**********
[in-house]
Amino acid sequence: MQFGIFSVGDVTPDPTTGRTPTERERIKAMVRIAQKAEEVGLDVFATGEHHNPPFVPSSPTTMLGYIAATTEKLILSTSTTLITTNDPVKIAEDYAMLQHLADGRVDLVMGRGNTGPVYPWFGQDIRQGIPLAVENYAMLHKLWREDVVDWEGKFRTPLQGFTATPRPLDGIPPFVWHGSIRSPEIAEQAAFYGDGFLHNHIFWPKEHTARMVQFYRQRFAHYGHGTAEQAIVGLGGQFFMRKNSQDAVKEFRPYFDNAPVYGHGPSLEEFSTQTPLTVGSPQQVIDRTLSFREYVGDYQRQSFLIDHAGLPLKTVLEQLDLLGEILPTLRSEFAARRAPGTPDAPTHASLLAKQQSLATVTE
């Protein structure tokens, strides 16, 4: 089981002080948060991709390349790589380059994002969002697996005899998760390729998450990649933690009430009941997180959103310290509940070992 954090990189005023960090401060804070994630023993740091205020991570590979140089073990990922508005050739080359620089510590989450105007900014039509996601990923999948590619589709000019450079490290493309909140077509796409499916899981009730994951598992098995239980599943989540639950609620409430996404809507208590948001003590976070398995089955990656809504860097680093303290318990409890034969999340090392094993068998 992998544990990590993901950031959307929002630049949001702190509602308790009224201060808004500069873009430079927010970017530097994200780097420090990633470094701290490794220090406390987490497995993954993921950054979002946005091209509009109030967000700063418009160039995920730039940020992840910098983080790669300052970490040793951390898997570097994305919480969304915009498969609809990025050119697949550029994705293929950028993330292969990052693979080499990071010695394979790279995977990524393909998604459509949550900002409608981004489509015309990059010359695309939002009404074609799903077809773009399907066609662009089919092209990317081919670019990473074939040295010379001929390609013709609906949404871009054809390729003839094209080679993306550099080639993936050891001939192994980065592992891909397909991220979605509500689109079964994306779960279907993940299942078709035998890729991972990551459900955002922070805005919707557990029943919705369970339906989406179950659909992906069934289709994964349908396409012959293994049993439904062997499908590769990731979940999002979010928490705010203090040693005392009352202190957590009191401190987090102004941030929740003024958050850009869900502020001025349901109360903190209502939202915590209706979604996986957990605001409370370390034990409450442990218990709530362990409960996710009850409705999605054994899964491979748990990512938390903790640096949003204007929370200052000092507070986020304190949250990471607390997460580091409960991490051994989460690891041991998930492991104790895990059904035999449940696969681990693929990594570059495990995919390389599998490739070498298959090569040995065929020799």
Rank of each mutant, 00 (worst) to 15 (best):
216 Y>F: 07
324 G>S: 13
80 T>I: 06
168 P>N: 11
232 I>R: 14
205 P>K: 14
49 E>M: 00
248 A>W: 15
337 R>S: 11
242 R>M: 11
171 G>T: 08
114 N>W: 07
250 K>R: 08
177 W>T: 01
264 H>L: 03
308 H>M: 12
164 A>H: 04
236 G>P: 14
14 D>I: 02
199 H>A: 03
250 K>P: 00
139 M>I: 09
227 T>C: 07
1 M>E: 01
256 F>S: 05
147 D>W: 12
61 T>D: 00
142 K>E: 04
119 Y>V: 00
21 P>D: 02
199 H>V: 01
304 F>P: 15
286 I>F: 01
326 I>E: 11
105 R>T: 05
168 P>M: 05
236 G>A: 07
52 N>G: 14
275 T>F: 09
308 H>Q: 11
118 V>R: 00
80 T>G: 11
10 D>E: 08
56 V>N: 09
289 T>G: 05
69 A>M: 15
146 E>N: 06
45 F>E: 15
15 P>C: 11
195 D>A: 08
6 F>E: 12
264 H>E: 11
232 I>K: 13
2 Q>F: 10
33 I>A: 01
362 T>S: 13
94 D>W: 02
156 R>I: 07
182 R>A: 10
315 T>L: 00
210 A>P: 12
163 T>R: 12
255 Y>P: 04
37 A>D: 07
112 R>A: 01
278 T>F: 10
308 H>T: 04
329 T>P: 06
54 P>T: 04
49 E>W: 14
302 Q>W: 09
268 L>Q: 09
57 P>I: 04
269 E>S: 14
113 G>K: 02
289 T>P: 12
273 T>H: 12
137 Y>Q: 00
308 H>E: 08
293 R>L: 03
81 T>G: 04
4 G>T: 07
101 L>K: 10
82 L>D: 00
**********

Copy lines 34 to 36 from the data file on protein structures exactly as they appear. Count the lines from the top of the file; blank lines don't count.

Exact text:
21 P>D: 02
199 H>V: 01
304 F>P: 15